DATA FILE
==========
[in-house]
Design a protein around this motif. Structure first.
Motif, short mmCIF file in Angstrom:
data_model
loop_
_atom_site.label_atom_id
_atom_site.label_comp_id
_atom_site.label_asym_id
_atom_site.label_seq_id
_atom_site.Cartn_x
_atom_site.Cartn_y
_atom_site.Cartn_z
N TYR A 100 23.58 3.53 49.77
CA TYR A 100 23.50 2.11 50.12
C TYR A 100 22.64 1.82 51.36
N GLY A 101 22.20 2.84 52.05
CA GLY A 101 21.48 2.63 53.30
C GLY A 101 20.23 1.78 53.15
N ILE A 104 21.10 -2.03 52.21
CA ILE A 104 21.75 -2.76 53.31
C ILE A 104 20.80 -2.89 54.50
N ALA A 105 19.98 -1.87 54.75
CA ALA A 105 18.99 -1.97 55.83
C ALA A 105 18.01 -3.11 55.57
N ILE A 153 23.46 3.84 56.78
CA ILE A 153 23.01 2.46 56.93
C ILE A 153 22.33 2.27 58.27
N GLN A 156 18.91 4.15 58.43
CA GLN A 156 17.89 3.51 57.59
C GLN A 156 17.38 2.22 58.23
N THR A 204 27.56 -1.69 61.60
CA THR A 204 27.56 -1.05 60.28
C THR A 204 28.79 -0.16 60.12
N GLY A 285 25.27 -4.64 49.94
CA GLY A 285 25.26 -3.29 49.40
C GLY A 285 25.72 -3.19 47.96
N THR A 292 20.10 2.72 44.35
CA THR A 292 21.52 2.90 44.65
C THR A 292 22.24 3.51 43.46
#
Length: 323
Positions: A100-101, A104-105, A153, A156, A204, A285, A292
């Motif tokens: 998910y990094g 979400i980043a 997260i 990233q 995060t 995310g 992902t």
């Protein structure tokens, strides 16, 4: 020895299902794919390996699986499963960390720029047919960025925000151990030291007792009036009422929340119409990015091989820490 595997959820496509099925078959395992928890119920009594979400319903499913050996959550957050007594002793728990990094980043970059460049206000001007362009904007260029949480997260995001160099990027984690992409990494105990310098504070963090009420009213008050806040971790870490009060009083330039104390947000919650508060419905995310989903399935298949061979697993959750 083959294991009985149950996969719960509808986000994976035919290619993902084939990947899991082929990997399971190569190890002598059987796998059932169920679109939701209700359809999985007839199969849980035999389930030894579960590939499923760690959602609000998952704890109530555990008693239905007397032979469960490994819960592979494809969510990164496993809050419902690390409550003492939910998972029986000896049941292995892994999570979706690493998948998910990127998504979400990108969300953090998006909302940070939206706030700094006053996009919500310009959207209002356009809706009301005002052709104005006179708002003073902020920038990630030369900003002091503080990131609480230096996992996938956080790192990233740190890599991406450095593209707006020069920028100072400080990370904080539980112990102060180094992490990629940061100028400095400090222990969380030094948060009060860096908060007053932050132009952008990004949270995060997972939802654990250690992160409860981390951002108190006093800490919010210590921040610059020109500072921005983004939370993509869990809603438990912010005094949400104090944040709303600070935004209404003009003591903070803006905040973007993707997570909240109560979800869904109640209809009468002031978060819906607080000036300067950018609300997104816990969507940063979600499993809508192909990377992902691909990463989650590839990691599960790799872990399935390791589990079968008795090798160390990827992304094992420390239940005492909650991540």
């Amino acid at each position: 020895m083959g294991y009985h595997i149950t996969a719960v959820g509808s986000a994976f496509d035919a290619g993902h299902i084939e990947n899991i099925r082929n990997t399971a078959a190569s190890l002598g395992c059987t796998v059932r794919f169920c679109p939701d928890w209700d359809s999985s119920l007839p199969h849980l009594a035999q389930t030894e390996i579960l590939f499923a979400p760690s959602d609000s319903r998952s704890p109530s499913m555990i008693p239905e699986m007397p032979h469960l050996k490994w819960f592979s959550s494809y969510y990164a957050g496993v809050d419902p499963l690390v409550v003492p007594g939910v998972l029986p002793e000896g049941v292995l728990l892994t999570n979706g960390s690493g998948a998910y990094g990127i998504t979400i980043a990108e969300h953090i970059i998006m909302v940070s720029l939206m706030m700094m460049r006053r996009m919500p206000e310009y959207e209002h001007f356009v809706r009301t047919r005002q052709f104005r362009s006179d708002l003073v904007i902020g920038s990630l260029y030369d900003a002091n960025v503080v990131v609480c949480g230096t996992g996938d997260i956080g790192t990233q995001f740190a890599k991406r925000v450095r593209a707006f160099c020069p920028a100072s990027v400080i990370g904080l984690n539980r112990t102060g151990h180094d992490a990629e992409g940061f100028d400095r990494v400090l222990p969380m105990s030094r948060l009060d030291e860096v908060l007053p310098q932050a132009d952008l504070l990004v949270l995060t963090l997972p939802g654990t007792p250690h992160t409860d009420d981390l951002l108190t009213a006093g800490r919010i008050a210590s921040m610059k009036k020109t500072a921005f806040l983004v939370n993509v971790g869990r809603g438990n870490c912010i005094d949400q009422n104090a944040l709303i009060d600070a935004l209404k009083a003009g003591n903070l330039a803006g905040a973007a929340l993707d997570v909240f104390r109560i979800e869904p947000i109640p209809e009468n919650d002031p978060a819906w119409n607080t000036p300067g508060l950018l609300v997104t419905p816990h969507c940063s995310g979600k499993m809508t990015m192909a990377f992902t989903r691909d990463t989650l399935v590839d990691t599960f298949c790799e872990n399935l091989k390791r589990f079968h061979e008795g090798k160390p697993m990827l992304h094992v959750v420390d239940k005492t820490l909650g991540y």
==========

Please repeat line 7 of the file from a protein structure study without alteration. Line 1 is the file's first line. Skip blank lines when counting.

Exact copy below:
_atom_site.label_comp_id